Making good guilt-free choices

From my Coast Reporter column, Flip of the Coin. One of my favourites. The feedback I got in the community from this little column was great!

In this day and age, we are bombarded by messages of what is and is not good for us. Vigorous debates have ensued over such matters, ranging from the food we buy to the car we drive to the type of activities we engage in.

One person will say stay away from red meat while another will proclaim the dangers of soy products.

A glass of red wine a day is good for you, but what about the pesticides sprayed on the grapes before they were picked, crushed and liquefied? What kind of labour was employed to pick them? And don’t forget the transport of the bottle. If it was shipped from the Okanagan, you might get some Brownie points, but if it was Australia, France or Chile, you just contributed to some pretty major greenhouse gas emissions.

I try my best to stay aware and do what I can to be healthy, both personally and ecologically. I make an effort to buy local, organic produce when available, and try to avoid processed food with its ridiculous over-packaging. I also unplug all my appliances when not in use and make an effort to leave my car at home when I can.

My co-workers will endearingly razz me for my ways, whether it’s for saying I only buy cage-free eggs, don’t own a microwave and avoid most seafood due to poor harvesting methods. I got some extra special razzing after I said I had not eaten a McDonald’s meal in almost 13 years.

The razzing is in good fun and I get it. My choices may seem extreme at times, but I often feel I am not extreme enough.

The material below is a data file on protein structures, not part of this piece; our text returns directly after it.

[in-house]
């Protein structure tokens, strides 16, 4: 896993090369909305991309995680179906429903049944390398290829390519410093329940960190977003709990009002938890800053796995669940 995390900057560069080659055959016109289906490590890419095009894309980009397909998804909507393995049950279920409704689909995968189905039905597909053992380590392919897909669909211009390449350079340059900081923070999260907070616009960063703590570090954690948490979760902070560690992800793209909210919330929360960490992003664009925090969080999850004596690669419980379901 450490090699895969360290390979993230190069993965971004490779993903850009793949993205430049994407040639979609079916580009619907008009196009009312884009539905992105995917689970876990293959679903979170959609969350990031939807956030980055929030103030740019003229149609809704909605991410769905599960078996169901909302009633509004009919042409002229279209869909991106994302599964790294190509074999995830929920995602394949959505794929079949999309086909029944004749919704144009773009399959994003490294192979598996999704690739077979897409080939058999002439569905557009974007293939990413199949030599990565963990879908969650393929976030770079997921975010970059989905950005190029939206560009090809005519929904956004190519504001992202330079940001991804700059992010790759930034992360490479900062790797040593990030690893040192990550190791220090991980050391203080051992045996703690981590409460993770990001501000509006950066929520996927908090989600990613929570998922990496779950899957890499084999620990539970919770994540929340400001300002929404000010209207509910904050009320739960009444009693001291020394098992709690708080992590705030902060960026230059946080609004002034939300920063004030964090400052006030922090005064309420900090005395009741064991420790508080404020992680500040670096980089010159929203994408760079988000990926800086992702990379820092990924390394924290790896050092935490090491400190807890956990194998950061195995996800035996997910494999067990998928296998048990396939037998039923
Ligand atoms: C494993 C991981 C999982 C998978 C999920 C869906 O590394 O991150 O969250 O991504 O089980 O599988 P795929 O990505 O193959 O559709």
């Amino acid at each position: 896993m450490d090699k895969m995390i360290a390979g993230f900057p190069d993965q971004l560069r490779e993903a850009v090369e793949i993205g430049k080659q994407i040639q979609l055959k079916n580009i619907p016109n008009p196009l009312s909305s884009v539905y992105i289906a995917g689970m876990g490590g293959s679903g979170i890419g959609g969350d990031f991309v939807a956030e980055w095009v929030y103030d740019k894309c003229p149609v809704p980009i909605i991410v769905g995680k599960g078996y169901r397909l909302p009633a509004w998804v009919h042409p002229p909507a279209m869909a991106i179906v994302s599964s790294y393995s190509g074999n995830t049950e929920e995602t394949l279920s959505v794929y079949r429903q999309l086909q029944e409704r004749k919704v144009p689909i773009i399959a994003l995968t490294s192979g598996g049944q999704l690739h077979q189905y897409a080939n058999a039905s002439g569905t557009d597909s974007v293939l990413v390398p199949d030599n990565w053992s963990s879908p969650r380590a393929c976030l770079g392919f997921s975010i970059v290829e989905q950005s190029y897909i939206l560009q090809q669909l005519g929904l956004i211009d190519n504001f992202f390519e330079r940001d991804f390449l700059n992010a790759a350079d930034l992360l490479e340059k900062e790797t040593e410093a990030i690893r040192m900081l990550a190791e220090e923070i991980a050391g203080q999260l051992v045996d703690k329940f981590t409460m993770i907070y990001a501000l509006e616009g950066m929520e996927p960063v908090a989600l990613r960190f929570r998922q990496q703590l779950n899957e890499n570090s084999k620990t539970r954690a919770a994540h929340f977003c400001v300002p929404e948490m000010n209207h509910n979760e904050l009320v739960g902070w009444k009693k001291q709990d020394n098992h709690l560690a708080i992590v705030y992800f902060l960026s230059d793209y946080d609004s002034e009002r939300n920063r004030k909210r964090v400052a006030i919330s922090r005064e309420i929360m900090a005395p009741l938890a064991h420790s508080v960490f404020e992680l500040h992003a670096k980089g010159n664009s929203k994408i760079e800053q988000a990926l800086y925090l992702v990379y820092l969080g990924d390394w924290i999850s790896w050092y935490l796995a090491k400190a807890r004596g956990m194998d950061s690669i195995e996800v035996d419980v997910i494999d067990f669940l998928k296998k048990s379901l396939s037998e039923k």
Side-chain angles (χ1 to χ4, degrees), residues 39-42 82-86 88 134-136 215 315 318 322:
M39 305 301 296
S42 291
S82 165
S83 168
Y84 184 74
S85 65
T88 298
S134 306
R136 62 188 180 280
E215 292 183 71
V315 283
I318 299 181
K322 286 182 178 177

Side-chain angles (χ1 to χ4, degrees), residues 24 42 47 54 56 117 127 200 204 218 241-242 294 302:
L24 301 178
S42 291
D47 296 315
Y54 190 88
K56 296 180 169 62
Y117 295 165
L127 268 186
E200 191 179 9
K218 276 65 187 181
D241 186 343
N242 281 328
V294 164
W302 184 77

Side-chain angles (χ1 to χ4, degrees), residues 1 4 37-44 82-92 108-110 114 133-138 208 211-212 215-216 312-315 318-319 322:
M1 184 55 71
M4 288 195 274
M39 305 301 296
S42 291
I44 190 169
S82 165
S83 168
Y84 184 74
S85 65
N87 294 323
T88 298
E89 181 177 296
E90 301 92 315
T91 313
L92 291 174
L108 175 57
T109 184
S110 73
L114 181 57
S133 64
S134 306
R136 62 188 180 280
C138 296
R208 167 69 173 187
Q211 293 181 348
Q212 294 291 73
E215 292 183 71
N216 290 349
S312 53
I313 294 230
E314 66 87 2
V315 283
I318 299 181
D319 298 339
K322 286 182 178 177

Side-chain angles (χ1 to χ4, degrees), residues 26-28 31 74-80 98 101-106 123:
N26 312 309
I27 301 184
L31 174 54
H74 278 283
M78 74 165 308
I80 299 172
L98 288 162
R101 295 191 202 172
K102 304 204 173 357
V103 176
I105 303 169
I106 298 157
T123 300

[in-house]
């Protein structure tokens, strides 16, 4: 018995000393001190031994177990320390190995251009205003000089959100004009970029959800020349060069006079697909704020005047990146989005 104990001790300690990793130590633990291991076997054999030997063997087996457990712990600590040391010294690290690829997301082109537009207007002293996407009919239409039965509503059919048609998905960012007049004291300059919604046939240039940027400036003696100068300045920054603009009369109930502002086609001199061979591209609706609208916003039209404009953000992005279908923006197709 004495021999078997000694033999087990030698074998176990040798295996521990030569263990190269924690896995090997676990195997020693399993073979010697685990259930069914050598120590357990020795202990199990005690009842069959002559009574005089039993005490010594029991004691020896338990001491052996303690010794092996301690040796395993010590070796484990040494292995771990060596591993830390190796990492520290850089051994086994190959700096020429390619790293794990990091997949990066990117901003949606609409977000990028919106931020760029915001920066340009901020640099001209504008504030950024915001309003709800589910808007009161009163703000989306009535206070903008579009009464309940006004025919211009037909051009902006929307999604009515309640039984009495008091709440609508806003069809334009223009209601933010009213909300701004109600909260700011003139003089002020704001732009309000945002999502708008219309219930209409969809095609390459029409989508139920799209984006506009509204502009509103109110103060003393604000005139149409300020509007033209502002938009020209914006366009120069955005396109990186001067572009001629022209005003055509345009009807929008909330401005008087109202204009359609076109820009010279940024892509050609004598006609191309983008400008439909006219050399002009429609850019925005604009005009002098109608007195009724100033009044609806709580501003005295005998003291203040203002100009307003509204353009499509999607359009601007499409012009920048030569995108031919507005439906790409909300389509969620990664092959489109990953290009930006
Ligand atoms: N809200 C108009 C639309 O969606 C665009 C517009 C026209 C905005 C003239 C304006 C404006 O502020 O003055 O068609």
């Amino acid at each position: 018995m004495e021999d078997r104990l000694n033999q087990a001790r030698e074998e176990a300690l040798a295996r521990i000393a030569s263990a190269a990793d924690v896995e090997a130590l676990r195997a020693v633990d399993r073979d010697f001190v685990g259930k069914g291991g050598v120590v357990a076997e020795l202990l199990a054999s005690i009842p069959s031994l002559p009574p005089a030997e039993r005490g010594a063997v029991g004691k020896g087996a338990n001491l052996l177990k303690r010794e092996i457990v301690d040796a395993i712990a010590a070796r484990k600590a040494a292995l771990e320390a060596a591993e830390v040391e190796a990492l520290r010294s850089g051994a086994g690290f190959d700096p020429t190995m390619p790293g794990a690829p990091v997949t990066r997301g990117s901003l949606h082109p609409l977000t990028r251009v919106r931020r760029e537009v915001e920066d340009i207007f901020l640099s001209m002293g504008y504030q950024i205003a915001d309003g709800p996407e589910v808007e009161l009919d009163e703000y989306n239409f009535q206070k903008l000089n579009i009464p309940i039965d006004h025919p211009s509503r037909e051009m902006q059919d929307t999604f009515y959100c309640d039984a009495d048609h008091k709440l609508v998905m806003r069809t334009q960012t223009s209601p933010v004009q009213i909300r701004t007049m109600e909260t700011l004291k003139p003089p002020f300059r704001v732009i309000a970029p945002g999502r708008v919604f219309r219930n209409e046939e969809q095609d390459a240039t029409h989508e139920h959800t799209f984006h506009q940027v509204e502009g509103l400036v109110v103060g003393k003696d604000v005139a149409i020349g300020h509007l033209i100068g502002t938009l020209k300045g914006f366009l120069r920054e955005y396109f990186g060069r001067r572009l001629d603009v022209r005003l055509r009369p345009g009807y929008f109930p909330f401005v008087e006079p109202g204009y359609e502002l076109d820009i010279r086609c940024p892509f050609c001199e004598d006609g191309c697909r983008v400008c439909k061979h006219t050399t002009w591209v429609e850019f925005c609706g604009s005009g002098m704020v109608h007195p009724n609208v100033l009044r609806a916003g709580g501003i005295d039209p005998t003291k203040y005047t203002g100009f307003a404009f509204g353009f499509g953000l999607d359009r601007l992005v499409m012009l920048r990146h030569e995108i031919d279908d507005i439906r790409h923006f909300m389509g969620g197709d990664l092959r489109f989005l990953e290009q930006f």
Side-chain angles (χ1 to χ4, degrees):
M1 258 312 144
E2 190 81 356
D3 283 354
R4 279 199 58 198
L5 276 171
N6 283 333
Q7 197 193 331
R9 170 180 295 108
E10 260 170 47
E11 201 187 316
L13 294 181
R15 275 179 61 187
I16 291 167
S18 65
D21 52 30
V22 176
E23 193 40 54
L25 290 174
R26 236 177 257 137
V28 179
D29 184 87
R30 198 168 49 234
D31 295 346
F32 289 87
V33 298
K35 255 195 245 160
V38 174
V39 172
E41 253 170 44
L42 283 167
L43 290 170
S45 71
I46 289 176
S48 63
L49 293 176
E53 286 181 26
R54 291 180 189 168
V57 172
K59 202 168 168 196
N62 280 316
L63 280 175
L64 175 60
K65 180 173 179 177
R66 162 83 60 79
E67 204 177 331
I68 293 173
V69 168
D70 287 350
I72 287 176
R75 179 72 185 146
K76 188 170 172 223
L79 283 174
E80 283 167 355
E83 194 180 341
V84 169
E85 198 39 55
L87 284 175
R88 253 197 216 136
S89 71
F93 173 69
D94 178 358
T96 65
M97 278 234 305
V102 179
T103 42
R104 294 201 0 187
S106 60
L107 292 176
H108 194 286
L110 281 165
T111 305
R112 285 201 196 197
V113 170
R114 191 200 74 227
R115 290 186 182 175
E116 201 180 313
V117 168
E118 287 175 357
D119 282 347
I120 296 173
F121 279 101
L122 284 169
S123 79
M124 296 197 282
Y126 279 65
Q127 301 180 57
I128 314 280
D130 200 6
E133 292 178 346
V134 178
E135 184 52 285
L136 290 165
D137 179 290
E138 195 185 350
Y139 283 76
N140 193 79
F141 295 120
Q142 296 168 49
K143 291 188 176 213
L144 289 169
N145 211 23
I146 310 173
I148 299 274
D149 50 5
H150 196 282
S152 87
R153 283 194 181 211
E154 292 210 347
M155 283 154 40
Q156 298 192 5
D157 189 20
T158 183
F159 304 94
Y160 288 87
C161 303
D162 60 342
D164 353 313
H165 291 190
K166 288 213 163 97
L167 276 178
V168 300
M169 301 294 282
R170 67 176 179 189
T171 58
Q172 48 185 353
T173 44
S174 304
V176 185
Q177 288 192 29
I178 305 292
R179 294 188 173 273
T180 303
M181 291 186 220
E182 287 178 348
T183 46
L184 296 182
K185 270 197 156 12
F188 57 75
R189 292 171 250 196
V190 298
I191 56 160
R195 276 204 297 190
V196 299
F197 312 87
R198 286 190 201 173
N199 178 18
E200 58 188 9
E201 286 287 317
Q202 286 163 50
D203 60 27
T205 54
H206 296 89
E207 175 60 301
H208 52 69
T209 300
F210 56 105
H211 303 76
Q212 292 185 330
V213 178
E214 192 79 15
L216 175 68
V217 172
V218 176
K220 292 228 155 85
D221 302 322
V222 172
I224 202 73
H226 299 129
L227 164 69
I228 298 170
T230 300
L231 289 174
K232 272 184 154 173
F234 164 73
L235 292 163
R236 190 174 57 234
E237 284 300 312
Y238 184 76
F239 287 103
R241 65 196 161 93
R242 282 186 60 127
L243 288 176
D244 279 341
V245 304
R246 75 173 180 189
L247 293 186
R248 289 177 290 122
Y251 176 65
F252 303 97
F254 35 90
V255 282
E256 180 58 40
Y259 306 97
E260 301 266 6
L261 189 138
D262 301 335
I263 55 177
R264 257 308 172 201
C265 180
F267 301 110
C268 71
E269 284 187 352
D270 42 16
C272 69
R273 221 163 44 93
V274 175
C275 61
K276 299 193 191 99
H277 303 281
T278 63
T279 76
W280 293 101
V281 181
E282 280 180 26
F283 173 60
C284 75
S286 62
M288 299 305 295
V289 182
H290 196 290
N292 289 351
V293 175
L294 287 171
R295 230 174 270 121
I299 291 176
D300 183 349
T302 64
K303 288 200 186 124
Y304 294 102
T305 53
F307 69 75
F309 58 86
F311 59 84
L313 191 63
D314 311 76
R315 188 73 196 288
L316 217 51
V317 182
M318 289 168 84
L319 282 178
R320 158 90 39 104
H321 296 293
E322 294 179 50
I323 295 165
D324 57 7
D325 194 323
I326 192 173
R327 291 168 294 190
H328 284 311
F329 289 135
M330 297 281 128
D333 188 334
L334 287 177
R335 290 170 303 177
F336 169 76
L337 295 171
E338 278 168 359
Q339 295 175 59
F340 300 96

After watching a documentary on the commercial chocolate trade, I felt terrible about the near slave-like labour used to produce cocoa for processing the chocolate products I occasionally indulge in.

I later saw some photographs of the Alberta tar sands, and the images of people drilling for a highly coveted yet limited resource really stuck with me. By the end of the week, I ended up in a quagmire of consumer and energy-user guilt, nearly shedding tears over the paper coffee cup I held in my hand. Is everything really bad for me and bad for the environment?

The answer is probably yes, unfortunately, but let’s be realistic. It is nearly impossible to be perfect with every choice in life.

At some of the recent council meetings I’ve covered, there has been quite a bit of dialogue surrounding smart meters. Apprehension surrounding WiFi transmission has been expressed, and councillors have asked for further studies to be done on potential health risks.

I applaud the concern local governments have for the well-being of their constituents, but after conducting research into how minimal a health risk the meters pose, I wondered if councillors would also question the health risks from talking on their cell phones, heating food in their microwaves and using wireless laptops or tablets. Is the coffee served at meetings organic and fair trade with few greenhouse gases used in its transport?

Questions and concerns about consumption are important and should always be encouraged. The western world has proven this through epidemic obesity and cancer rates. Our energy consumption needs examination, too. Air conditioners, fuel, packaging — it all goes hand in hand.

As clichéd as it may sound, everything in moderation is probably the best way to go. Buy local when you can. Ditch the car and get on a bike, even if it’s one day a week. Don’t talk on your cell phone for too long. And certainly don’t spend the day hugging your future smart meter. Light some candles, have a relatively guilt-free glass of Okanagan wine, and toast to the good consumer decisions you just made.

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